The Help by Kathryn Stockett.
 I finished this one a while ago. I have conflicted feelings about it. For now I will say it was an entertaining diversion, but there is a whole lot of discomfort regarding Skeeter's naiveté about race relations (even after figuring out she had issues with them) that makes me really, uh, leery about saying I outright liked the book. It was a good read, and I hope Stockett tackles a different issue in a way that I can wholeheartedly like for her next book.

The Night Circus by Erin Morgenstern.
The blogosphere went ape shit over this one. It was good. It definitely got a little overblown, but I can see the appeal of it. I think I'll be talking about joining the circus. Because I totally did that (Antioch is almost more circus than educational institution).

Bonk by Mary Roach
Sssssssssssssssssex. This book is about it. How you doin'?

Pattern Recognition by William Gibson.
 Sounds a bit like a techno-mystery novel. I dunno, it was one of those library sale buys. One of the people I talk to on Twitter said it was pretty good. Twitter always has good information, right?

Divergent by Veronica Roth.
I've started this one already. It's actually pretty good. Dystopian fiction is perfect for Thanksgiving with the family right? Especially when the premise is based on choosing one of five factions at the age of 16 that will determine how you live the rest of your life.

21 November 2011

Post 449: Sunset Park

Sunset Park by Paul Auster. ISBN: 9780805092868.

Sunset Park is about the kind of people who would take over an abandoned house in New York. We see who they are through various vignettes from the viewpoints of the four people involved in the house, as well as a few involved in the life of Miles, the house's newest member. Each person has their own reasons for occupying the house on Sunset Park (hello title): running away from their past, trying to complete a dissertation after being kicked out of a rent controlled apartment, etc.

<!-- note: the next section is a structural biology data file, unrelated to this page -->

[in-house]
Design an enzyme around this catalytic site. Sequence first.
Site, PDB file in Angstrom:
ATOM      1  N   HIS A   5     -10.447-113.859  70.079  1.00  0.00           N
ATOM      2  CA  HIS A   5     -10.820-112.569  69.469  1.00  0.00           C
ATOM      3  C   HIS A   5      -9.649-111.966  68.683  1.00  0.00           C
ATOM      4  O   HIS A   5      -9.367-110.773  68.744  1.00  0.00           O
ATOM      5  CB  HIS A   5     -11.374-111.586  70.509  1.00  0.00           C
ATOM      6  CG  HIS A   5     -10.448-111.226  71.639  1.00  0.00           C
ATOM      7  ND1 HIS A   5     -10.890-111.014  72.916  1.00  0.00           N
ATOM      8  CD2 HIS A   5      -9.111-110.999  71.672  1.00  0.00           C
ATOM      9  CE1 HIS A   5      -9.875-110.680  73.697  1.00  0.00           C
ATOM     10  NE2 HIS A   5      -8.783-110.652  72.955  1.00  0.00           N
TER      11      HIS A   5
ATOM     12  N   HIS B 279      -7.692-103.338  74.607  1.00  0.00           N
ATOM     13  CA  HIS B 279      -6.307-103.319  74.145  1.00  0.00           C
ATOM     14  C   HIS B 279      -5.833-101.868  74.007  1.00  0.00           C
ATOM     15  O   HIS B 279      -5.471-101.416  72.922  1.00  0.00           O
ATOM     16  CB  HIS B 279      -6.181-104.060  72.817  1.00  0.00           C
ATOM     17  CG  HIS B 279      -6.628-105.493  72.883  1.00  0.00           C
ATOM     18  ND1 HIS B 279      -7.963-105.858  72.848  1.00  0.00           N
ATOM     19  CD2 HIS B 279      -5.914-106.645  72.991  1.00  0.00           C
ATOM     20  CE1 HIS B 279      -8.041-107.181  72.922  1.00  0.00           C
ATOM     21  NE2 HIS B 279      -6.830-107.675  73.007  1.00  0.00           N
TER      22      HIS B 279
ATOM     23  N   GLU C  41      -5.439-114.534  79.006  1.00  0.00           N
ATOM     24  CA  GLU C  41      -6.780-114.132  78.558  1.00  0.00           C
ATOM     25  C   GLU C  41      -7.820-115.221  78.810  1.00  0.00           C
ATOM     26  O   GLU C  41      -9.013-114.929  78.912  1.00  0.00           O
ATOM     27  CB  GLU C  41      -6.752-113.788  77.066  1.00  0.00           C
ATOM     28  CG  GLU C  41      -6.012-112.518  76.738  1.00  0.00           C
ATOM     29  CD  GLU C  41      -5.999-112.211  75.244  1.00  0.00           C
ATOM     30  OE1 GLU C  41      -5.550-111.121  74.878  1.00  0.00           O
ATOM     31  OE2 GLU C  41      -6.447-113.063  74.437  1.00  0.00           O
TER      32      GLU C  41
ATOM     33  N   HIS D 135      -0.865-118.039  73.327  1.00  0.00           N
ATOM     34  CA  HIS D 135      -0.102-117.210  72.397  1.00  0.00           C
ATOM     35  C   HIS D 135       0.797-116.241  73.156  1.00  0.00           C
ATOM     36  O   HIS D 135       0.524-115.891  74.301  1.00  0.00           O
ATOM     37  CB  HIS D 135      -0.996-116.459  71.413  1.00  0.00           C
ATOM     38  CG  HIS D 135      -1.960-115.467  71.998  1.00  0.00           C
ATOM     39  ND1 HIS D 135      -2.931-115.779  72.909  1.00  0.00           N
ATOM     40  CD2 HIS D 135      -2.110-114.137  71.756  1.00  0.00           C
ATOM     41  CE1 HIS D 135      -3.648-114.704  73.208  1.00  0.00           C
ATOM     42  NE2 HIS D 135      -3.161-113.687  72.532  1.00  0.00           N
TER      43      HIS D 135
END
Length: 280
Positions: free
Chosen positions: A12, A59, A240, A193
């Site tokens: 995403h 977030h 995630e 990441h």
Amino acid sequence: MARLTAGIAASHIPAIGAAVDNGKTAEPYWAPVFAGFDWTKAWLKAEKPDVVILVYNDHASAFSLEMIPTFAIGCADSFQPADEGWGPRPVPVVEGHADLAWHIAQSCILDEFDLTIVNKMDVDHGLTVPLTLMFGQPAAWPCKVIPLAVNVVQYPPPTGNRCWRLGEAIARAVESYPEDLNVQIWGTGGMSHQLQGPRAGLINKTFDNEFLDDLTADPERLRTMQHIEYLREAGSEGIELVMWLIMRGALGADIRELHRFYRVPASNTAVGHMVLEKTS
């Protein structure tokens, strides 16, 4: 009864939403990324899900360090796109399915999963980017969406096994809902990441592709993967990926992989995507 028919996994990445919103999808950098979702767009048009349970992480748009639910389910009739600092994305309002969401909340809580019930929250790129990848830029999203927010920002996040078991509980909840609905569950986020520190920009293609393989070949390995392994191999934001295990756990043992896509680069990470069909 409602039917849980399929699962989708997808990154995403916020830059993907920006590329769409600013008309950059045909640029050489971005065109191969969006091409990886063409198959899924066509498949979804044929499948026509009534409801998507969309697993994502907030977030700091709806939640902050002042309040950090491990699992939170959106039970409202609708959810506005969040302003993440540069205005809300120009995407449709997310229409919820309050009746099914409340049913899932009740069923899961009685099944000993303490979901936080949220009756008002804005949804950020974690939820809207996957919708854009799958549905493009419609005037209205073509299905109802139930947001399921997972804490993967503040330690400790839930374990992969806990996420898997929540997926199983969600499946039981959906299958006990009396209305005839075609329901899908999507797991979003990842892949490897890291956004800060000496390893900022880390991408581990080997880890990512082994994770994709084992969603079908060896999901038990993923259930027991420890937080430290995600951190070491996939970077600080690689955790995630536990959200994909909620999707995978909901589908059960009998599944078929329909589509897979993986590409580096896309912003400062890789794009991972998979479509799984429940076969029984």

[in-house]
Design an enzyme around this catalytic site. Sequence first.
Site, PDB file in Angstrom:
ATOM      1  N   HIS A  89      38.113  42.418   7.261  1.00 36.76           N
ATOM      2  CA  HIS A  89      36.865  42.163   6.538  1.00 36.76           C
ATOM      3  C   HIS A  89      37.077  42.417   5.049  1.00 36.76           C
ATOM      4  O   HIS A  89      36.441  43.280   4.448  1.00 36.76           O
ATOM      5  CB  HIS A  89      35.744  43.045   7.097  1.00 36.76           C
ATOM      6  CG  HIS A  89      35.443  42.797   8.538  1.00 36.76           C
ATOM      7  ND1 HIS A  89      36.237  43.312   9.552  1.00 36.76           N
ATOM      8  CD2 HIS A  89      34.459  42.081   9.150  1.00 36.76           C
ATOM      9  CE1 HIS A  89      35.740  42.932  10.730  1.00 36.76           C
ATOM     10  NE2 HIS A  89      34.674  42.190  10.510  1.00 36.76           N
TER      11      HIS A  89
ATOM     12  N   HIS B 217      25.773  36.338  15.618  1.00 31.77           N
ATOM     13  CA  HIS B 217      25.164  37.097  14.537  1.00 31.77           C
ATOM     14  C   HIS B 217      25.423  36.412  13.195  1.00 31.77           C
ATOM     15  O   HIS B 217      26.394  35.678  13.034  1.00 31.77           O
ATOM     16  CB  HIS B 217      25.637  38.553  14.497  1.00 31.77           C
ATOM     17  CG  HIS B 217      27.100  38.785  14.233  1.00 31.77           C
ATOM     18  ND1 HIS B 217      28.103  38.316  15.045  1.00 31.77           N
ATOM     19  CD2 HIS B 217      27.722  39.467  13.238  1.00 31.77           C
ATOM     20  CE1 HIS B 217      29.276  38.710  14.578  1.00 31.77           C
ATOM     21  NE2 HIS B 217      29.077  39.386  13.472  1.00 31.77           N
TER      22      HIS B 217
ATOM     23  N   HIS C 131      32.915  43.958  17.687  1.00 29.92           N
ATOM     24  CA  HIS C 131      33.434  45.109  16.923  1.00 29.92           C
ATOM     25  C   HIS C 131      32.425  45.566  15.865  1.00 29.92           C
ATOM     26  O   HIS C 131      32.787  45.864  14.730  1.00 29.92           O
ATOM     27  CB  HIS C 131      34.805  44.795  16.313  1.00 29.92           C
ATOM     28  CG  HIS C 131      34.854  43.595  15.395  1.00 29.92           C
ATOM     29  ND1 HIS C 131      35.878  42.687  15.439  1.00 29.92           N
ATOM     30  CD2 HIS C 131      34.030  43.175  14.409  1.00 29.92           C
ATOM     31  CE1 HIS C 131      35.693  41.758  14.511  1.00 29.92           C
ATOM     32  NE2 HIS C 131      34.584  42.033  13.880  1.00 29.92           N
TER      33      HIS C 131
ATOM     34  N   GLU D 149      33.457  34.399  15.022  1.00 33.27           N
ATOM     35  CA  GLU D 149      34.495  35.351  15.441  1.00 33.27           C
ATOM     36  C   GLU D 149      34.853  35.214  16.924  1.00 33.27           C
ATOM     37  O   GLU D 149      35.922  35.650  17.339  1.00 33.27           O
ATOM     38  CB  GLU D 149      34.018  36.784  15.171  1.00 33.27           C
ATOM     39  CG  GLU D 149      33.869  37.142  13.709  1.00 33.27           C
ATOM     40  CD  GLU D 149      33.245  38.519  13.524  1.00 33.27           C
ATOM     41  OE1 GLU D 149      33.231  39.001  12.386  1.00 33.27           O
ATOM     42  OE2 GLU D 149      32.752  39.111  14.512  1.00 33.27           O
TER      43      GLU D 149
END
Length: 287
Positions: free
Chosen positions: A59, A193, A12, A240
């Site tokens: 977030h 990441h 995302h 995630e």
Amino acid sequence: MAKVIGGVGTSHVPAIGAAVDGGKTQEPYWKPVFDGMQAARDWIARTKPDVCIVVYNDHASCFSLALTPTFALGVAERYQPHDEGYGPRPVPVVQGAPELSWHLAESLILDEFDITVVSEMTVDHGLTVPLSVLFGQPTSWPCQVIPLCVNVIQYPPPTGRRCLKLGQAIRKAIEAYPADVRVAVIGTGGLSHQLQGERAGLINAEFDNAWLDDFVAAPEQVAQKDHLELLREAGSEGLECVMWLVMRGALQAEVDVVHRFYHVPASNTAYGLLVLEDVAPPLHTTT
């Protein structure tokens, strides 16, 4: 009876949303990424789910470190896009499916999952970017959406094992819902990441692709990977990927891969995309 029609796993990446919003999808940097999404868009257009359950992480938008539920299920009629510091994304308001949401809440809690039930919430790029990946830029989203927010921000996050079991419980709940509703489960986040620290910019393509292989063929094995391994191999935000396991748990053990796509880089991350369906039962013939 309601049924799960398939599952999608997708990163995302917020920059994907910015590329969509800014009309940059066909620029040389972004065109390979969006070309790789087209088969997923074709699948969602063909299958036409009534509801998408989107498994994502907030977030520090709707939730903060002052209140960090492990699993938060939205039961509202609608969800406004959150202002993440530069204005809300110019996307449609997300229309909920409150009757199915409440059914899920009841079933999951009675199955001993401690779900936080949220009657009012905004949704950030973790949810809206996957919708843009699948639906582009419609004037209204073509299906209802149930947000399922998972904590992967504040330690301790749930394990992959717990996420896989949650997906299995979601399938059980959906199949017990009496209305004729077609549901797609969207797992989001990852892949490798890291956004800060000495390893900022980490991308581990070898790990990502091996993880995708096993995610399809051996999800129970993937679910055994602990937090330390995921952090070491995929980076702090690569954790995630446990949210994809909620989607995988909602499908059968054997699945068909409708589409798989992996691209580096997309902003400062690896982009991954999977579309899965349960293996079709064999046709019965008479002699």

The idea of occupying an abandoned property has always appealed to me, and given the number of empty houses in this country it seems a shame to let them go to rot and rodents. But empty houses I can understand. Sometimes a house just doesn't get sold, it stands vacant too long and becomes less and less appealing, or the economy tanks and the people who can still afford to buy can buy in much better areas. What really pisses me off is vacant and unused businesses.

I've always felt that chain stores that leave vacant properties should be held more accountable for empty store fronts. Particularly the massive ones, or those that have required additional infrastructure (roads, traffic lights, strip malls, etc.). More people than not can afford to buy and repair a crumbling home; not so many can afford to buy 108,000* sq. ft. of soul crushing fluorescent lit retail hellscape. And if a shmuck like me did buy it, what the hell would I do with it?

But what if we actually required retail chains to properly reoccupy or dispose of big box stores? Maybe we'd get some pretty neat projects going on in those empty stores. Perhaps the local governments could require them to retrofit the space for a homeless shelter; it might still smell like soul crushing despair caused by capitalism, but at least this time it would actually benefit someone. Or even just turn it into a bunch of basket ball courts or an indoor jogging track. Or raze the building and return it to green space, a community garden even. While one or two or even a row of abandoned houses may be an eyesore, at least those were never built with the intention of being left behind and emptied. For the most part those houses did not start as a drain on tax payers via tax cuts and concessions to those who built the properties.